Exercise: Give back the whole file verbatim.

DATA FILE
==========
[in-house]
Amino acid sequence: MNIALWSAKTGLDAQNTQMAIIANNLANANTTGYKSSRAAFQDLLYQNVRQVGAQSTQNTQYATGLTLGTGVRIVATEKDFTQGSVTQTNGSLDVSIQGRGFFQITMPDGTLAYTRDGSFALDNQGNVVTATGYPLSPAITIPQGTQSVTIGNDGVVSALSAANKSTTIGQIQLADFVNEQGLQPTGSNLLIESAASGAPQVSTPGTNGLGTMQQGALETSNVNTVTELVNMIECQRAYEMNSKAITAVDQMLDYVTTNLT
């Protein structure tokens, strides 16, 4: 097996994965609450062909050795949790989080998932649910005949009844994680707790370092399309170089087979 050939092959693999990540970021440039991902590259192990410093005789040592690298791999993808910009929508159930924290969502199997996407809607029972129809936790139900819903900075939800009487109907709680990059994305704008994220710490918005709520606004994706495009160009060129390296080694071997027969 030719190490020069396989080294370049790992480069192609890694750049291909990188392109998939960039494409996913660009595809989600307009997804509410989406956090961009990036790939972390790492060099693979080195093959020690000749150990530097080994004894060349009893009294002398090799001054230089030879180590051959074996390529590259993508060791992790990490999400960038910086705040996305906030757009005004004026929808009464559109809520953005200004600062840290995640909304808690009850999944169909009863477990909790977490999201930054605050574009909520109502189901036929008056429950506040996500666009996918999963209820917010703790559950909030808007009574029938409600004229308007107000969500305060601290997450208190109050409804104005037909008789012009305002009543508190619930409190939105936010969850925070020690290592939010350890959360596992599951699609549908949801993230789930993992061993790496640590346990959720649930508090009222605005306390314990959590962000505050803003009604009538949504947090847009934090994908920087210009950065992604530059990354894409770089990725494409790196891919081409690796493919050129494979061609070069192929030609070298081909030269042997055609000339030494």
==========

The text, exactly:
[in-house]
Amino acid sequence: MNIALWSAKTGLDAQNTQMAIIANNLANANTTGYKSSRAAFQDLLYQNVRQVGAQSTQNTQYATGLTLGTGVRIVATEKDFTQGSVTQTNGSLDVSIQGRGFFQITMPDGTLAYTRDGSFALDNQGNVVTATGYPLSPAITIPQGTQSVTIGNDGVVSALSAANKSTTIGQIQLADFVNEQGLQPTGSNLLIESAASGAPQVSTPGTNGLGTMQQGALETSNVNTVTELVNMIECQRAYEMNSKAITAVDQMLDYVTTNLT
């Protein structure tokens, strides 16, 4: 097996994965609450062909050795949790989080998932649910005949009844994680707790370092399309170089087979 050939092959693999990540970021440039991902590259192990410093005789040592690298791999993808910009929508159930924290969502199997996407809607029972129809936790139900819903900075939800009487109907709680990059994305704008994220710490918005709520606004994706495009160009060129390296080694071997027969 030719190490020069396989080294370049790992480069192609890694750049291909990188392109998939960039494409996913660009595809989600307009997804509410989406956090961009990036790939972390790492060099693979080195093959020690000749150990530097080994004894060349009893009294002398090799001054230089030879180590051959074996390529590259993508060791992790990490999400960038910086705040996305906030757009005004004026929808009464559109809520953005200004600062840290995640909304808690009850999944169909009863477990909790977490999201930054605050574009909520109502189901036929008056429950506040996500666009996918999963209820917010703790559950909030808007009574029938409600004229308007107000969500305060601290997450208190109050409804104005037909008789012009305002009543508190619930409190939105936010969850925070020690290592939010350890959360596992599951699609549908949801993230789930993992061993790496640590346990959720649930508090009222605005306390314990959590962000505050803003009604009538949504947090847009934090994908920087210009950065992604530059990354894409770089990725494409790196891919081409690796493919050129494979061609070069192929030609070298081909030269042997055609000339030494």